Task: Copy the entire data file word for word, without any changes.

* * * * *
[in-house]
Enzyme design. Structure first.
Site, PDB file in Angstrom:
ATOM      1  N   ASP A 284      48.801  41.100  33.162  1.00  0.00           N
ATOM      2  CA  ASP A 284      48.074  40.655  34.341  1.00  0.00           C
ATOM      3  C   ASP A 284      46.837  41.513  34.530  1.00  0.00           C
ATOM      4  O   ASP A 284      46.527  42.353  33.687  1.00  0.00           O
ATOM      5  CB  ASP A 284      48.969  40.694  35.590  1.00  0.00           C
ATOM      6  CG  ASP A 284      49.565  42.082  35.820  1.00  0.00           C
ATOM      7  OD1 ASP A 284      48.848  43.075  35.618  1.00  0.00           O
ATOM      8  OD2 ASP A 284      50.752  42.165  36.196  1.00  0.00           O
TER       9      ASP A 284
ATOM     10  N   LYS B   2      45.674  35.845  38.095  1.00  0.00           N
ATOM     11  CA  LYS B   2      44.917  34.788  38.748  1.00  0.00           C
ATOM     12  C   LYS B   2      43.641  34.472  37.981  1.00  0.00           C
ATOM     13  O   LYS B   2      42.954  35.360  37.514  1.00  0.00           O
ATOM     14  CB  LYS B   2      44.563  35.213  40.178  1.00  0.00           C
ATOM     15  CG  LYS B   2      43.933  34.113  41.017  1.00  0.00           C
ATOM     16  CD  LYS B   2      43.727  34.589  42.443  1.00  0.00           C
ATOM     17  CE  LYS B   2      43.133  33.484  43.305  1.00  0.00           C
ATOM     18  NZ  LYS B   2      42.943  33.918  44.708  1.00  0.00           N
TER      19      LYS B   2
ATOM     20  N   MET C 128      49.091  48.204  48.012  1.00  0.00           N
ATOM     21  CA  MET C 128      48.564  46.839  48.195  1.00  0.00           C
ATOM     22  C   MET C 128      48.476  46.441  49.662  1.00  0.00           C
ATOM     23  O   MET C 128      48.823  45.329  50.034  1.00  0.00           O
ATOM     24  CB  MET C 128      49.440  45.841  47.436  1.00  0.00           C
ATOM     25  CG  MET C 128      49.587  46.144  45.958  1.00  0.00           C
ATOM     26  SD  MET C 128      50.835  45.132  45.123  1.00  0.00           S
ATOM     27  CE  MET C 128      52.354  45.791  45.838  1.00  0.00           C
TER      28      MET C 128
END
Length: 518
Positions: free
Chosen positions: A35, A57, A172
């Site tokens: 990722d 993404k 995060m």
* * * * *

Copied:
[in-house]
Enzyme design. Structure first.
Site, PDB file in Angstrom:
ATOM      1  N   ASP A 284      48.801  41.100  33.162  1.00  0.00           N
ATOM      2  CA  ASP A 284      48.074  40.655  34.341  1.00  0.00           C
ATOM      3  C   ASP A 284      46.837  41.513  34.530  1.00  0.00           C
ATOM      4  O   ASP A 284      46.527  42.353  33.687  1.00  0.00           O
ATOM      5  CB  ASP A 284      48.969  40.694  35.590  1.00  0.00           C
ATOM      6  CG  ASP A 284      49.565  42.082  35.820  1.00  0.00           C
ATOM      7  OD1 ASP A 284      48.848  43.075  35.618  1.00  0.00           O
ATOM      8  OD2 ASP A 284      50.752  42.165  36.196  1.00  0.00           O
TER       9      ASP A 284
ATOM     10  N   LYS B   2      45.674  35.845  38.095  1.00  0.00           N
ATOM     11  CA  LYS B   2      44.917  34.788  38.748  1.00  0.00           C
ATOM     12  C   LYS B   2      43.641  34.472  37.981  1.00  0.00           C
ATOM     13  O   LYS B   2      42.954  35.360  37.514  1.00  0.00           O
ATOM     14  CB  LYS B   2      44.563  35.213  40.178  1.00  0.00           C
ATOM     15  CG  LYS B   2      43.933  34.113  41.017  1.00  0.00           C
ATOM     16  CD  LYS B   2      43.727  34.589  42.443  1.00  0.00           C
ATOM     17  CE  LYS B   2      43.133  33.484  43.305  1.00  0.00           C
ATOM     18  NZ  LYS B   2      42.943  33.918  44.708  1.00  0.00           N
TER      19      LYS B   2
ATOM     20  N   MET C 128      49.091  48.204  48.012  1.00  0.00           N
ATOM     21  CA  MET C 128      48.564  46.839  48.195  1.00  0.00           C
ATOM     22  C   MET C 128      48.476  46.441  49.662  1.00  0.00           C
ATOM     23  O   MET C 128      48.823  45.329  50.034  1.00  0.00           O
ATOM     24  CB  MET C 128      49.440  45.841  47.436  1.00  0.00           C
ATOM     25  CG  MET C 128      49.587  46.144  45.958  1.00  0.00           C
ATOM     26  SD  MET C 128      50.835  45.132  45.123  1.00  0.00           S
ATOM     27  CE  MET C 128      52.354  45.791  45.838  1.00  0.00           C
TER      28      MET C 128
END
Length: 518
Positions: free
Chosen positions: A35, A57, A172
């Site tokens: 990722d 993404k 995060m």